Sung by: Kenneth Harber
Recorded in Calico Rock, AR, 7/2/52

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As I was out walking for pleasure one day--
A sweet recreation, to while time away--
As I was amusing myself on the grass,
Who should pass by me but a fair Indian lass?

She sat down beside me and, taking my hand,
Saying, "I know you're a stranger and in a strange land,
But if you will follow you're welcome to come
And dwell in the cot that I call my home."

"Oh, now, my dear maiden, this never can be,
For I've a true love in my own country;
And I'll not forsake her, for I know she loves me,
And her heart is as true as the little Mohee."

One morning, one morning, one morning in May,
Unto my fair maiden these words I did say:
"I'm going to leave you, so fare you well, dear;
My ship sails tomorrow and I must leave you here."

The last time I saw her, she stood on the sand;
And when I sailed by her she waved me her hand,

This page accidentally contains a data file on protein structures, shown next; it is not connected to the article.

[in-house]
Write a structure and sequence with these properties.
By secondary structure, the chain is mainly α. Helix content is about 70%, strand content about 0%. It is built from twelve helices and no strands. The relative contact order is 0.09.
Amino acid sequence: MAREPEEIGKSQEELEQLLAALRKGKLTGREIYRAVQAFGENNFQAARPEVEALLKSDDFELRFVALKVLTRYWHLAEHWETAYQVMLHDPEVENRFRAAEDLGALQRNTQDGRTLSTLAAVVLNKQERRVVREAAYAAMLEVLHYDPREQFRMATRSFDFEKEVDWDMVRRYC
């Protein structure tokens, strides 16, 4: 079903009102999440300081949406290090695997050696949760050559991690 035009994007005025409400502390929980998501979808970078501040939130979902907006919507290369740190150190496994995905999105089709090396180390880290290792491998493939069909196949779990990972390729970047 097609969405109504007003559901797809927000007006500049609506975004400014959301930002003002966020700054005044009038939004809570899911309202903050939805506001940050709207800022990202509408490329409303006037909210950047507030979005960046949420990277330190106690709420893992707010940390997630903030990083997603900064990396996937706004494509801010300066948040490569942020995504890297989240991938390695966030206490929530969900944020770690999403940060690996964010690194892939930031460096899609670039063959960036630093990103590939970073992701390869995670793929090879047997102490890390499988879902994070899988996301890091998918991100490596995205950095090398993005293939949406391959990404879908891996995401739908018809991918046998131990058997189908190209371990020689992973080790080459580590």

Saying, "When you get back to the girl that you love,
Just think of the little Mohee in the coconut grove."

And when I got back to my own native shore,
My friends and relations around me once more,
I looked all about me, but none could I see
That was fit to compare with the little Mohee.

The girl that I loved proved untrue to me,
So I'll turn my course backward far o'er the dark sea.
I'll turn the course backward, from this land I'll flee,
And I'll spend all my days with the little Mohee.

Also found in Randolph, Vol. I, #63, "The Pretty Mohee"; Brown, Vol. II, #110, "Little Mohea"; and Belden, p. 144, "Little Mohea."

All Songs Recorded by John Quincy Wolf, Jr., unless otherwise noted

The John Quincy Wolf Folklore Collection
Lyon College, Batesville, Arkansas
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